When a pair of University of Illinois urban planning students met with neighborhood residents in December 2007 to share information they'd gathered about the site, the residents began talking about health problems ranging from headaches, tingling in the extremities and acid reflux to bleeding disorders and rare forms of cancer, Lennhoff and Antoline said. 

"It's really eye-opening to get a large group of people in a room together and get them talking about it,' Antoline said. 

But the Illinois EPA has long said that the site poses no health risks to residents in the area.

There is no "scientifically accurate' information on which to base claims of health problems associated with the site, and most residents in the area aren't concerned for their health, Black added.

"There have been relatively few people who have expressed their concerns, and we've tried to address those concerns,' Black said. 

In 2008, the Illinois Department of Public Health, in cooperation with the Centers for Disease Control and Prevention's Agency for Toxic Substances and Disease Registry, reviewed soil-testing data from the site. The department determined, in separate reports in June and September of that year, that "trespassing on the site poses no apparent public health hazard' and that there was no apparent increased risk of cancer or other health hazards associated with exposure to surface soil near the site.  (see related documents)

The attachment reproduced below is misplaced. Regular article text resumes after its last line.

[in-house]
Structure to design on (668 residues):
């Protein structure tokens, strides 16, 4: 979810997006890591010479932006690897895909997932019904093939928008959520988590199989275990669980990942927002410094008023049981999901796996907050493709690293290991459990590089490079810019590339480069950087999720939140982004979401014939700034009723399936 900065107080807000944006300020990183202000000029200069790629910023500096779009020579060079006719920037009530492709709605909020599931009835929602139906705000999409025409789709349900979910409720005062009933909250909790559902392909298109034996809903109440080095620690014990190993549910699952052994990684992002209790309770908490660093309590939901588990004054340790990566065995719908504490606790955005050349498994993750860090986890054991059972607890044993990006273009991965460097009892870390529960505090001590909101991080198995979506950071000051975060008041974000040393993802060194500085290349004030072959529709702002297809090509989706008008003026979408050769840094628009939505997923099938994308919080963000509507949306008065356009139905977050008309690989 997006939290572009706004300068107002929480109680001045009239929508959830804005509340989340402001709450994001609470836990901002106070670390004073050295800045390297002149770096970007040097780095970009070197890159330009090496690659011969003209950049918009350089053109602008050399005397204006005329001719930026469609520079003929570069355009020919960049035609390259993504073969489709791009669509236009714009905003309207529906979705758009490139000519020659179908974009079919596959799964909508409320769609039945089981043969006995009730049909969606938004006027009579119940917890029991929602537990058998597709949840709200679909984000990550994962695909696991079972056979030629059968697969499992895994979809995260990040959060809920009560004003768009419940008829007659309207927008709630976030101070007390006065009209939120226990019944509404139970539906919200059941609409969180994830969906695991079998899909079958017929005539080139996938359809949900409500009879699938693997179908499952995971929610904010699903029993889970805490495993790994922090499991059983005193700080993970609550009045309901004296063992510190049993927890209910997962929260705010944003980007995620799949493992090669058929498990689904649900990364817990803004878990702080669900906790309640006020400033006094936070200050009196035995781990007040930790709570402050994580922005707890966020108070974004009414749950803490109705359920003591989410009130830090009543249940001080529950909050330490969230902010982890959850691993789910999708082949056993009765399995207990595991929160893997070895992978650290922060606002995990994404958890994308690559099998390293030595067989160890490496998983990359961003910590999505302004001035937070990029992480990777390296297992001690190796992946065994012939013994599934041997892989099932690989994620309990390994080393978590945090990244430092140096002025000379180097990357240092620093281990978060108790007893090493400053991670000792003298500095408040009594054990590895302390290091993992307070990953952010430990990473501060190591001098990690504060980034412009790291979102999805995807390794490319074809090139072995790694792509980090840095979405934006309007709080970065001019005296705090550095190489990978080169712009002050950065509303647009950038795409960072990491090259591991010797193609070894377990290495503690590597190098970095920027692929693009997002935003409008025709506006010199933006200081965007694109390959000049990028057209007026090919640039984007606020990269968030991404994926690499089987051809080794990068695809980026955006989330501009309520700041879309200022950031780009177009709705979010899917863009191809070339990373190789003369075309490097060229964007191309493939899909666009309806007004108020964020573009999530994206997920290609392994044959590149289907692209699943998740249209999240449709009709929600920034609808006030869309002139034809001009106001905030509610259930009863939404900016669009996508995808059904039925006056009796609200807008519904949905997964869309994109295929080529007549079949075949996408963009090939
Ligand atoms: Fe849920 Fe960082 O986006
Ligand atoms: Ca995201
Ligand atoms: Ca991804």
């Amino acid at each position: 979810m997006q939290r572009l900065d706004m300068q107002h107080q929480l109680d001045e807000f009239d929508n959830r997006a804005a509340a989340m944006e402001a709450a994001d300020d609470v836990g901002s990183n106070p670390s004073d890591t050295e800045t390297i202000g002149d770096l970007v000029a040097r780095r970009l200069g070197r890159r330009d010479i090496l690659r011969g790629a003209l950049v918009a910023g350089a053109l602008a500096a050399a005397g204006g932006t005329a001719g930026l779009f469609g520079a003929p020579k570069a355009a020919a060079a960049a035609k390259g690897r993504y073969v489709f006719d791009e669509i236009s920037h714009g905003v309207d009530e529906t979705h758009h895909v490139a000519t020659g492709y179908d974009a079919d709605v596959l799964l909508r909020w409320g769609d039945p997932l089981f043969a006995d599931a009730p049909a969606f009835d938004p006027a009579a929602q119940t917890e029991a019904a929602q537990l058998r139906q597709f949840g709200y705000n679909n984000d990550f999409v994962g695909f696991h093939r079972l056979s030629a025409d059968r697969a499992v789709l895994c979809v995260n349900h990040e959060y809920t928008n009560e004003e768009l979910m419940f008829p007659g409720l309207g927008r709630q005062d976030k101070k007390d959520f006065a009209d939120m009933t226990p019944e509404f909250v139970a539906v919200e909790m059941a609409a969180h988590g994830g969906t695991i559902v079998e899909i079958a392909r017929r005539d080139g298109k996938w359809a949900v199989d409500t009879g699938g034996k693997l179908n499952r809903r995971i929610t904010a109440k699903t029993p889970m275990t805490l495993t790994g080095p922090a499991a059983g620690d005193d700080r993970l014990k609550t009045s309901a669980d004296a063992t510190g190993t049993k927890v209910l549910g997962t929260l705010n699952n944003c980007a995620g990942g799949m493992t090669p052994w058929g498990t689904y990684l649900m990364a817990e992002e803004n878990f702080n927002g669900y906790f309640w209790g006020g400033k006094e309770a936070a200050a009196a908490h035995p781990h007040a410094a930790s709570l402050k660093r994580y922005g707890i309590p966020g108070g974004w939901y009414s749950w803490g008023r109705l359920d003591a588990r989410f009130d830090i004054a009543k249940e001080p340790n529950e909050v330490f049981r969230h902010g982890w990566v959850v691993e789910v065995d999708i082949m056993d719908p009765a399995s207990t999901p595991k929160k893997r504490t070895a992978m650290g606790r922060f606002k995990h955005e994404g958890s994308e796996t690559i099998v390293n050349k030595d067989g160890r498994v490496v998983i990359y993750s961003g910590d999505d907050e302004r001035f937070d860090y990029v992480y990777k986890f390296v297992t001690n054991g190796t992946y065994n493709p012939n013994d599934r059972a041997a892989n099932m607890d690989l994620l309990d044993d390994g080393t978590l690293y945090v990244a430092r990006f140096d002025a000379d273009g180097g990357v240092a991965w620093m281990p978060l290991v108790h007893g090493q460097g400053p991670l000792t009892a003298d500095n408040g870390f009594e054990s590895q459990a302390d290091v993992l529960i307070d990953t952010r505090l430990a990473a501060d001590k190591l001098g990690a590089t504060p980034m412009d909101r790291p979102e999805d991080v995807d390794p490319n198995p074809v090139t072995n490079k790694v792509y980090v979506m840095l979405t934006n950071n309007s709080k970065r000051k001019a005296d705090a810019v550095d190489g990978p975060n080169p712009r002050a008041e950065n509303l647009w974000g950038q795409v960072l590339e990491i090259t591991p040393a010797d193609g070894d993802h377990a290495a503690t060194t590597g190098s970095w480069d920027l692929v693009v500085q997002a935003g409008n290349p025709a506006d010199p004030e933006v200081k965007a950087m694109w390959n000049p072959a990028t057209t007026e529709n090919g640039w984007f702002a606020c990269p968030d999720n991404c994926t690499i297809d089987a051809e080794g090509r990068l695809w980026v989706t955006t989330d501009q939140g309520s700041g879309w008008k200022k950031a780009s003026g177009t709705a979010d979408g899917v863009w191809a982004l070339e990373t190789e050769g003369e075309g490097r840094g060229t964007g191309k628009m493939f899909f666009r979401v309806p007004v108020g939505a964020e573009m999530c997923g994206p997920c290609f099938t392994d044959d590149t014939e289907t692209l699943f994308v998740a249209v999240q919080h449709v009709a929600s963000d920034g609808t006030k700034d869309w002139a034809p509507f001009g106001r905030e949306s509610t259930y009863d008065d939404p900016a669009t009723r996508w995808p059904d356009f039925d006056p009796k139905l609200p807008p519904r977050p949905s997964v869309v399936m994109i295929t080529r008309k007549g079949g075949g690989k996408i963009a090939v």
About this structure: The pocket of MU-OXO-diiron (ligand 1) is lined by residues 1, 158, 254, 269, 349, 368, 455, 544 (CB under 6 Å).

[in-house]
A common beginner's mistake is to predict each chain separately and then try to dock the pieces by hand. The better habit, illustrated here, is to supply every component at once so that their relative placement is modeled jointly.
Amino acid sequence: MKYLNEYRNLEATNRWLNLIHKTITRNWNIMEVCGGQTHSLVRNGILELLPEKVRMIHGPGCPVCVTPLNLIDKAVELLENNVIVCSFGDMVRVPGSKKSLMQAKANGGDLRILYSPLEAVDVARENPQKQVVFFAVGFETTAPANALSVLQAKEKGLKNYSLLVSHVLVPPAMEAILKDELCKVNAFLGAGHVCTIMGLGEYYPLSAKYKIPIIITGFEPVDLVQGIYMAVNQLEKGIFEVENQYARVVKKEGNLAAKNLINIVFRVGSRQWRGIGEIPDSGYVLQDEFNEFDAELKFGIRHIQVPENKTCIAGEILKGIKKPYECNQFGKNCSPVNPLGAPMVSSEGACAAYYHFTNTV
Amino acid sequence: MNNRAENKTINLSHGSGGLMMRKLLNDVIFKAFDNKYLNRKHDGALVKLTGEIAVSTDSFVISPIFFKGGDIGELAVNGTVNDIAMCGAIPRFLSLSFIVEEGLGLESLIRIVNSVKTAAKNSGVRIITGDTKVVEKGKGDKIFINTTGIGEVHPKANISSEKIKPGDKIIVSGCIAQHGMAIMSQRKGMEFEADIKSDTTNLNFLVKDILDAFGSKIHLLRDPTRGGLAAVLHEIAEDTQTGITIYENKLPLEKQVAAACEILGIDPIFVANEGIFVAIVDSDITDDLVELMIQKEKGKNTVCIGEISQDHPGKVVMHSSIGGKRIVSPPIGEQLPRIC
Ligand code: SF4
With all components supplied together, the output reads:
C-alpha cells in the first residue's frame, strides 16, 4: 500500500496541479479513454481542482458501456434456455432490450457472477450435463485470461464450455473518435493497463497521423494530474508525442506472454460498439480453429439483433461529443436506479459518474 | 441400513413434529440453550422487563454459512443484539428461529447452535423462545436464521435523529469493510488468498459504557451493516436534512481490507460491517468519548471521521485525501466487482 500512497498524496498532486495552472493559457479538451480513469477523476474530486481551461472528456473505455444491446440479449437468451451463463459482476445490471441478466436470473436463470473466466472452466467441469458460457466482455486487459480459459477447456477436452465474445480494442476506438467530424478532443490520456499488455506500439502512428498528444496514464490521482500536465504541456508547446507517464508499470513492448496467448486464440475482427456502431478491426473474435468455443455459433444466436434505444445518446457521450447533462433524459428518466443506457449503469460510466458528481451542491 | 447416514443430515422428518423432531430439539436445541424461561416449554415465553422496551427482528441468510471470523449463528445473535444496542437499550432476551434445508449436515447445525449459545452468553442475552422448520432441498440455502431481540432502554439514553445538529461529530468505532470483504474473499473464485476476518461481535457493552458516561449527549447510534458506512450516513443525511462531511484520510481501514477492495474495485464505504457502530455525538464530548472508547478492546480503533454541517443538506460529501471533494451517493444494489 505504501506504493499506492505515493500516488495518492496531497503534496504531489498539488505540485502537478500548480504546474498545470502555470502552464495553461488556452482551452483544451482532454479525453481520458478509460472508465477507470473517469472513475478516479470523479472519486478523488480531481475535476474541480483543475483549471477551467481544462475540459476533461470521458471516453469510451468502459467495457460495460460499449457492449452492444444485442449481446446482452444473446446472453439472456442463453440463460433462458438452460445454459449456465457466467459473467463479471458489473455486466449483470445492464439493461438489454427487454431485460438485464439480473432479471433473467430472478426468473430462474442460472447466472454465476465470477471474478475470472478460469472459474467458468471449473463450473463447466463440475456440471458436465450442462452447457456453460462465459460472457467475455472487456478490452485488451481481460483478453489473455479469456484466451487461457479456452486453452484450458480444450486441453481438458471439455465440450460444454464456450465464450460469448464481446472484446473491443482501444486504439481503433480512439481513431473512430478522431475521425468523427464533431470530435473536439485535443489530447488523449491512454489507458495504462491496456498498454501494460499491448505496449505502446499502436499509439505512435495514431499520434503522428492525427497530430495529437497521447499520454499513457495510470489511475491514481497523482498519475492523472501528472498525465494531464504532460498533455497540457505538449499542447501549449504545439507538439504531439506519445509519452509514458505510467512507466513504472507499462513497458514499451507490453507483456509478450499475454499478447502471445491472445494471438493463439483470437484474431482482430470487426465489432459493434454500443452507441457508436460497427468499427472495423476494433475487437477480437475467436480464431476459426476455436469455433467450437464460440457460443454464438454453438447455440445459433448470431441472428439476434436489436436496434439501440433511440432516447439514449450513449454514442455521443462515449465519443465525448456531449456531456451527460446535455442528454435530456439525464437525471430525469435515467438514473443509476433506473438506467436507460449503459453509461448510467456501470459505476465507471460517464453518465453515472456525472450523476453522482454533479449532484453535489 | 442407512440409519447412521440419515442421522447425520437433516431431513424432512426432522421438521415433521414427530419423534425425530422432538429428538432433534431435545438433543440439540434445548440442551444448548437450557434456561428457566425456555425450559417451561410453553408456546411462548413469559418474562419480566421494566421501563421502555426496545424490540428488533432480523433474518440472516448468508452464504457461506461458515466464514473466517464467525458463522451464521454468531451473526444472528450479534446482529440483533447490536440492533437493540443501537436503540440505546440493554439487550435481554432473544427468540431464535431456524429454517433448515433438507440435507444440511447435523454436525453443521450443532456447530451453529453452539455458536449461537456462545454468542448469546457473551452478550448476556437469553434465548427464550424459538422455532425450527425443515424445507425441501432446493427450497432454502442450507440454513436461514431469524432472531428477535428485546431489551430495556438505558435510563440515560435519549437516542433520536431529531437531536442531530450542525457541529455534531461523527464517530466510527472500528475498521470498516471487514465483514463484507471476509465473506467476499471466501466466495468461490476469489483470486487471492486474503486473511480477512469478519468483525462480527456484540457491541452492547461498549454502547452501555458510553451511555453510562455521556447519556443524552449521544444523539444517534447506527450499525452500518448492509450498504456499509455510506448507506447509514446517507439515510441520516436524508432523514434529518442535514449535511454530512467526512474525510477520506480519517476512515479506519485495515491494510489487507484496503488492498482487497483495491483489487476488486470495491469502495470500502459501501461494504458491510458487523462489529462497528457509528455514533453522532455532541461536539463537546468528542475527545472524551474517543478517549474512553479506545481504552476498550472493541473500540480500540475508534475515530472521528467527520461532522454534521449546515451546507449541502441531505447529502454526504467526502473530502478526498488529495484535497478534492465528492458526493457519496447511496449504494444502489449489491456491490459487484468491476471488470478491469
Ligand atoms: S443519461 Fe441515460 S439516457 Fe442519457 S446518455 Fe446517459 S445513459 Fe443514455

The September report recommended that Ameren conduct additional soil and water testing around the site and said the Department of Public Health would review the results.

In addition to the Monday evening meeting, members of the neighborhood group, Champaign County Health Care Consumers and their environmental consultants will meet with Champaign and Illinois EPA officials earlier in the day to discuss concerns about the city's groundwater ordinance. 

"I can't understand how the city of Champaign can have a groundwater ordinance where a big company can pollute the water and not clean it up and turn around and pass a law where a dog pooh-pooh on your law, you got to clean it up,' Pelmore said.

In a report to the City Council when the ordinance was passed, City Manager Steven Carter said it would allow for faster cleanup of contaminated sites and prevent residents from being exposed to contaminated groundwater.

After a year of lobbying, the group persuaded City Council members to call for a study session on the issue, which hasn't been schedule but will most likely be held later this year.

"(The ordinance is) bad for Fifth and Hill, but we also think it's just bad environmental policy for the city of Champaign,' Lennhoff said. 

Will Kyles, whose district includes the cleanup site, was one of the City Council members who voted for the study session.

He's been meeting regularly with residents in the area. While he hasn't committed to supporting changes to the ordinance, he felt it was important that his constituents' voices were heard.

"Whether we agree or disagree, it's the kind of public participation we want and hope we can get from residents all over the city,' Kyles said.